Republic of Malta v Democratic Republic of São Tomé and Príncipe

JurisdictionDerecho Internacional
CourtArbitration Tribunal (International)
Date05 September 2016

Arbitration Tribunal2

(Soons, President; Kateka and Treves, Members)

The Duzgit Integrity Arbitration 1

(Republic of Malta
Democratic Republic of São Tomé and Príncipe)

Arbitration — Jurisdiction — United Nations Convention on the Law of the Sea, 1982 — Part XV and Annex VII — Dispute Settlement Mechanism — Existence of a dispute — UNCLOS Article 288(1) — Extent of jurisdiction — Whether extending to allegations of breaches of human rights

Arbitration — Admissibility — United Nations Convention on the Law of the Sea, 1982 — Part XV and Annex VII — Standing of flag State to invoke responsibility of coastal State — UNCLOS Article 49(3) — Diplomatic protection — Exhaustion of local remedies — Whether applicant's claims being preponderantly for direct or indirect injury — Effect of settlement agreement between respondent and third party — Requirement to exchange views — UNCLOS Article 283

Arbitration — Applicable law — United Nations Convention on the Law of the Sea, 1982 — Part XV and Annex VII — Whether arbitration tribunal empowered to apply international human rights law — UNCLOS Article 293 — Requirement of reasonableness — Necessity and proportionality — UNCLOS Article 300 — Good faith — Abuse of rights

Damages — Compensation — Material damage for lost earnings, value of cargo, payment to secure release of vessel, vessel repairs, classification expenses, administrative expenses, reputational losses — Non-material damage for prosecution and detention of persons — Quantum of compensation deferred — Declaratory judgment — Finding of wrongful conduct — No formal apology required

Environment — Marine pollution — UNCLOS Article 225 — Risk to marine environment — Ship-to-ship transfer of oil

Sea — Archipelagic waters — UNCLOS Article 49(3) — Sovereignty of coastal State — Right of coastal State to enforce domestic law — Measures must be reasonable — Principles of necessity and proportionality apply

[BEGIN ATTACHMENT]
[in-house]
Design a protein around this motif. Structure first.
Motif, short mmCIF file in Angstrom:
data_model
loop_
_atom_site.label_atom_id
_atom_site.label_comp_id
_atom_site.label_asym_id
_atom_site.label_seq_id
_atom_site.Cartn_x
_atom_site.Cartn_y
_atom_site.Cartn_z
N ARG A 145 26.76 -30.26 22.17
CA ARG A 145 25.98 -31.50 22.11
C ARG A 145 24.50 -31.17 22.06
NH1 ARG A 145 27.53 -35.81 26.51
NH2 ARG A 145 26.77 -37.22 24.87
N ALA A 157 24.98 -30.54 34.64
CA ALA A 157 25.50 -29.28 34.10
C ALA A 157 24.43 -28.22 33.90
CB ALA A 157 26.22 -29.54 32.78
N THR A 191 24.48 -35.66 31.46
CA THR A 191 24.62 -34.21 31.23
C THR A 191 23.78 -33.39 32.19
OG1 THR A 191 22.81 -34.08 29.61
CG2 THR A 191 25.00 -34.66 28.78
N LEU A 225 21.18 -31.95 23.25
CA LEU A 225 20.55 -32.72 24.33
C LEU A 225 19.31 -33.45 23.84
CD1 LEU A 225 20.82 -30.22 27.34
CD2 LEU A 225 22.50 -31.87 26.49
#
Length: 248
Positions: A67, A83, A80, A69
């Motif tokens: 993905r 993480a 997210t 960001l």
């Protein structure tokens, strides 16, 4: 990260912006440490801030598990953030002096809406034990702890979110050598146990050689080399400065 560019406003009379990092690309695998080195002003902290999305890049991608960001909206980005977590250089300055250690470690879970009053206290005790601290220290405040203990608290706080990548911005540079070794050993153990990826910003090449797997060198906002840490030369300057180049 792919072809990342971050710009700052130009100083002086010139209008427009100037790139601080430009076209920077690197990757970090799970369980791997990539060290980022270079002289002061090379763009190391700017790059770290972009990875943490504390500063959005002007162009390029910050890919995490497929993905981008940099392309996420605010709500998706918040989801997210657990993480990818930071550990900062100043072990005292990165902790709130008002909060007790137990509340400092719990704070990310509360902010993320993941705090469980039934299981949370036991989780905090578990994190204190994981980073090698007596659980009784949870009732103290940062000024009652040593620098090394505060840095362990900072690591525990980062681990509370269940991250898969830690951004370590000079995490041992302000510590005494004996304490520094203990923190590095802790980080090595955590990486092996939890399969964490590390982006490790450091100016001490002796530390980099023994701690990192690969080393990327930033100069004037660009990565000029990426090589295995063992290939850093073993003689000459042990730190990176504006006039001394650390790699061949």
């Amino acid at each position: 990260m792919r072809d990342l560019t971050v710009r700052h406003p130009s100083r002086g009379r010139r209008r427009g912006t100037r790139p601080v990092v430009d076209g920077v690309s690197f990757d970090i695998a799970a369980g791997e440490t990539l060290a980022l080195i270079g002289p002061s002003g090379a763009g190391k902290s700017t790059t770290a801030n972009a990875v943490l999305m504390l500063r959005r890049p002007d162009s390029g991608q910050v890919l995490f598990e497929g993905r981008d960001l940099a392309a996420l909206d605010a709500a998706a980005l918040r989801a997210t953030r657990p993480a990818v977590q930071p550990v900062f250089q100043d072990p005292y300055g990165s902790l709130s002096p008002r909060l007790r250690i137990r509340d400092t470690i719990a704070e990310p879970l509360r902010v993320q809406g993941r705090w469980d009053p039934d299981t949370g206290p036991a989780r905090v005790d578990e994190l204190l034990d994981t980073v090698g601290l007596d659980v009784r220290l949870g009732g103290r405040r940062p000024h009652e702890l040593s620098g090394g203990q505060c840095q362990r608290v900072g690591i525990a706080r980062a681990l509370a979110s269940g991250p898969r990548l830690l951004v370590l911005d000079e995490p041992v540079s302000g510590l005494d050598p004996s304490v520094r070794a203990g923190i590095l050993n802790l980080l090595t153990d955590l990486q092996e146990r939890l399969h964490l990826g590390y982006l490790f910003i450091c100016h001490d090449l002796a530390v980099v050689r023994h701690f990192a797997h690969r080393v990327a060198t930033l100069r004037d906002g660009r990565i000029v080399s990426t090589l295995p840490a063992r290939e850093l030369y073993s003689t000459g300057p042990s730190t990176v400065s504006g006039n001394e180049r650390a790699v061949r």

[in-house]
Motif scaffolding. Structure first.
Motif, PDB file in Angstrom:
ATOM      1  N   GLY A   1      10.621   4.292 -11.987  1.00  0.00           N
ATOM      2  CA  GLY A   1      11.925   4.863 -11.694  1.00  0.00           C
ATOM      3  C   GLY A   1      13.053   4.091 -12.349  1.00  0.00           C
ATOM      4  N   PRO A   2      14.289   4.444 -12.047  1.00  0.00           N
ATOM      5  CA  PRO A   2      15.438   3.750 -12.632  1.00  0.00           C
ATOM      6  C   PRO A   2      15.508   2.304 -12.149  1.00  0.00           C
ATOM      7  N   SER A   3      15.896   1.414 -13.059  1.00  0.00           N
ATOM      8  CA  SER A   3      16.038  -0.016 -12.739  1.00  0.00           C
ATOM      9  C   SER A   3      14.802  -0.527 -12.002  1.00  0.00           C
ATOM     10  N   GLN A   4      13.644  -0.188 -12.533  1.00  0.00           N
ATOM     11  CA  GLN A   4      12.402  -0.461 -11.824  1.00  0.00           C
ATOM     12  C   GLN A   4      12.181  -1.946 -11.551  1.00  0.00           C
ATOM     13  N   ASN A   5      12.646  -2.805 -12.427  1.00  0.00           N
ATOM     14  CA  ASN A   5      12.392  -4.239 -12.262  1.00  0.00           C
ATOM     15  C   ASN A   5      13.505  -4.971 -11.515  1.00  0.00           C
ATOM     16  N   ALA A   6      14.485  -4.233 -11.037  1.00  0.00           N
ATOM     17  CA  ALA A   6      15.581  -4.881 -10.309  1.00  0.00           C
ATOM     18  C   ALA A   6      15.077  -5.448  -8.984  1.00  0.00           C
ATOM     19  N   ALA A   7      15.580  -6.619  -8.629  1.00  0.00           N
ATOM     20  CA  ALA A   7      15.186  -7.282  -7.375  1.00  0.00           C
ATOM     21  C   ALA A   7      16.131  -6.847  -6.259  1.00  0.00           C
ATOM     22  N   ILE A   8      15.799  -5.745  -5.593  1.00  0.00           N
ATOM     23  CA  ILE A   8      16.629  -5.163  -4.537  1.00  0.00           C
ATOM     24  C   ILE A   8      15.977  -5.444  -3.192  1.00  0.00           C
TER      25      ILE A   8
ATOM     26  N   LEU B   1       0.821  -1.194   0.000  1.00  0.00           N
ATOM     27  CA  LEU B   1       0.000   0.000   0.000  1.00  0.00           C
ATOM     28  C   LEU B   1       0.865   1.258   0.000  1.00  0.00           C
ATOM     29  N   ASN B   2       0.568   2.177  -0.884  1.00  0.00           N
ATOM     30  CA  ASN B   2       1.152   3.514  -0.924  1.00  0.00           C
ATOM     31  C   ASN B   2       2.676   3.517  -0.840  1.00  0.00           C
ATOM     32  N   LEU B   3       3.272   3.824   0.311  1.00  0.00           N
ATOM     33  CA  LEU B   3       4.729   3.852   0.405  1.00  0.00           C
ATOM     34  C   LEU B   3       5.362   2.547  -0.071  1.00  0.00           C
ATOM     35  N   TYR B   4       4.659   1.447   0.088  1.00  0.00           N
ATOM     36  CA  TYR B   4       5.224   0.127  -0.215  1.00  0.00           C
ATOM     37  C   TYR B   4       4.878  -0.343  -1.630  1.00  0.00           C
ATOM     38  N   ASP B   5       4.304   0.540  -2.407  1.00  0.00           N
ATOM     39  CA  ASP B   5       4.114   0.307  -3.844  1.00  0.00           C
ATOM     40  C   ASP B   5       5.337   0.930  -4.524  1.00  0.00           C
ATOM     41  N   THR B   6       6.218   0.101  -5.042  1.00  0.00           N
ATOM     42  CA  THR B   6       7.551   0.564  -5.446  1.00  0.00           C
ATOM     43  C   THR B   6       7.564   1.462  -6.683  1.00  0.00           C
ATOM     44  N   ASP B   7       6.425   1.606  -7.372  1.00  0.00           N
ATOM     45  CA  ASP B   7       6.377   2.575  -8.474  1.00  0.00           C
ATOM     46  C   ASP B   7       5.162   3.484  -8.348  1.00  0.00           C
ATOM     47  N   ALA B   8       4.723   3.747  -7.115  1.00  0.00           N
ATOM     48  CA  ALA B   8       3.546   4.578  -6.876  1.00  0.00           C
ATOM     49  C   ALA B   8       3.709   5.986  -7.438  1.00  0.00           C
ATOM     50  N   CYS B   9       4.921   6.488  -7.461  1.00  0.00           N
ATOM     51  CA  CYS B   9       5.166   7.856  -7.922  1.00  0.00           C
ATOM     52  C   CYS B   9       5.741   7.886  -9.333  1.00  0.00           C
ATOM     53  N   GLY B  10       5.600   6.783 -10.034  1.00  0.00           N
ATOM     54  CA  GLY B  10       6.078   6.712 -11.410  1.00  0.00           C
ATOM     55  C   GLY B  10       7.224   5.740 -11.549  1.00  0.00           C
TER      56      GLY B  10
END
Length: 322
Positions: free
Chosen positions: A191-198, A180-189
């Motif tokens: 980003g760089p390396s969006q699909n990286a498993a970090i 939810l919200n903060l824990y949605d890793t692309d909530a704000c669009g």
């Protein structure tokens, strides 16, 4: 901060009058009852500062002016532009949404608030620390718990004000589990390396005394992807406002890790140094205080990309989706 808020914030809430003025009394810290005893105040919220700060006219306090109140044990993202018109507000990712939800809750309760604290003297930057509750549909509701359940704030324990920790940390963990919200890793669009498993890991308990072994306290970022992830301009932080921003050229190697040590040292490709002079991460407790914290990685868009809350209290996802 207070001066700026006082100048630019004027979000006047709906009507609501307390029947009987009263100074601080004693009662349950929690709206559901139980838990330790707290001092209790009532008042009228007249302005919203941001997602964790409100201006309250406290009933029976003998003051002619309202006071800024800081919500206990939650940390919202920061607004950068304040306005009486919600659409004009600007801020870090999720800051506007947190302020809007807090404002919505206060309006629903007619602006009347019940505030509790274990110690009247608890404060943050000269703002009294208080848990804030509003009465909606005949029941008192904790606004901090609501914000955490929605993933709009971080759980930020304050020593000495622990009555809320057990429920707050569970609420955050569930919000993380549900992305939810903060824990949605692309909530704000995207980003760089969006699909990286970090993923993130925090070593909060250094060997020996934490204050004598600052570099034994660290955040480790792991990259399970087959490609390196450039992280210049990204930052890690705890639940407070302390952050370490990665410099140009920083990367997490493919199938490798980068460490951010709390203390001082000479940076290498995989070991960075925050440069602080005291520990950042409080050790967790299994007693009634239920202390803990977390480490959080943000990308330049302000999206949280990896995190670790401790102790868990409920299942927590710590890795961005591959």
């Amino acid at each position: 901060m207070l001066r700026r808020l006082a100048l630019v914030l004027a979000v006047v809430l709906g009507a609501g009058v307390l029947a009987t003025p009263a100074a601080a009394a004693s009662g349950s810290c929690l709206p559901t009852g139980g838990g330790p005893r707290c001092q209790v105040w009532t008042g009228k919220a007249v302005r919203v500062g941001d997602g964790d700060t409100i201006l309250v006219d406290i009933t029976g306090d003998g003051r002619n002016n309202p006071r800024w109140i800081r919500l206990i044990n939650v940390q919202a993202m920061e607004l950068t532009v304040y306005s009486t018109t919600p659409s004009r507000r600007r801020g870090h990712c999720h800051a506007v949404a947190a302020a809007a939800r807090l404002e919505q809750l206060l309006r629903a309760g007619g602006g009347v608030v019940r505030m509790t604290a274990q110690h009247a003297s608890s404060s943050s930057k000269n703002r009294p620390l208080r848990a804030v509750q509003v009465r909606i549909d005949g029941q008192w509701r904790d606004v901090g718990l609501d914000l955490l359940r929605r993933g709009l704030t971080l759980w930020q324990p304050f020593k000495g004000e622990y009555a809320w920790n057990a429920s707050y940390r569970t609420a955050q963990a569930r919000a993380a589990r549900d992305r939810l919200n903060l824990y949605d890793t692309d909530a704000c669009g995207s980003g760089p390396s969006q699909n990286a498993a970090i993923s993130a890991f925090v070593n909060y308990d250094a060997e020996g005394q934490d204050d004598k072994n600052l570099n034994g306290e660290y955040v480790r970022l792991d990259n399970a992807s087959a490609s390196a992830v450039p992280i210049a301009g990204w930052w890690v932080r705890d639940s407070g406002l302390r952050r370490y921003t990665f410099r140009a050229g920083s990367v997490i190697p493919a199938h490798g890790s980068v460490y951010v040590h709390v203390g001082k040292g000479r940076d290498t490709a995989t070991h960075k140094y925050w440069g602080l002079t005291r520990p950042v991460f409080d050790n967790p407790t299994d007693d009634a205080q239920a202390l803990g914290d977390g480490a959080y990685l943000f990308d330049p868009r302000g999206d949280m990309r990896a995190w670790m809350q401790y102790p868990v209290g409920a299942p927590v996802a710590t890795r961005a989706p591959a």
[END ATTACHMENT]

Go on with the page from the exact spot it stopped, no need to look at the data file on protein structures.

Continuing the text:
Sea — Arrest and detention of vessel — UNCLOS Article 94 — Right of flag State to notice of arrest and detention

Sea — Innocent passage — UNCLOS Article 25(1) — Right of coastal State to prevent non-innocent passage — Inapplicability to vessel not engaged in passage

Sea — Territorial sea — UNCLOS Articles 2(3) and 49(3) — Distinction between enforcement jurisdiction of coastal State in territorial sea and in archipelagic waters

Summary:3The facts:—On 22 October 2013, the Republic of Malta (“Malta”) commenced arbitration proceedings under Annex VII of the United Nations Convention on the Law of the Sea, 1982 (“UNCLOS”) against the Democratic Republic of São Tomé and Príncipe (“São Tomé”). The dispute concerned the lawfulness of an enforcement action taken by São Tomé against the M/T Duzgit Integrity, a Maltese-flagged vessel, including criminal and civil penalties imposed against the Master of the Duzgit Integrity and the confiscation and sale of the vessel's cargo.

On 14 March 2013, the Duzgit Integrity, a vessel owned by DS Tankers Limited, a Maltese company, was carrying approximately 1,654 metric tons of marine gas oil and approximately 8,852 metric tons of heavy fuel oil in the Gulf of Guinea. Stena Oil, the Swedish company that had chartered the vessel, owned the cargo. The Duzgit Integrity was headed to Las Palmas for its five-year certification survey. Along the way, it was scheduled to deliver the heavy fuel oil cargo to four vessels operating off the coast of Nigeria. Before that operation, the Duzgit Integrity was scheduled to transfer its marine gas oil cargo, as well as some equipment, to another vessel, the Marida Melissa, in the area of São Tomé. The Marida Melissa, a vessel registered in the Marshall Islands, was also chartered by Stena Oil.

The Duzgit Integrity and Marida Melissa originally planned to carry out the ship-to-ship transfer on 15 March 2013 at a point 25–30 miles to the northwest of São Tomé island, beyond the archipelagic waters of São Tomé. On 14 March 2013, the Master of the Duzgit Integrity observed a 1–2 metre swell during the voyage to the first meeting point and decided that conditions to the north-east of São Tomé island would be safer. The Duzgit Integrity arranged a new meeting point with the Marida Melissa and proceeded to that location, which was situated within the archipelagic waters of São Tomé. The Duzgit Integrity tried without success to contact São Tomé's authorities at that time.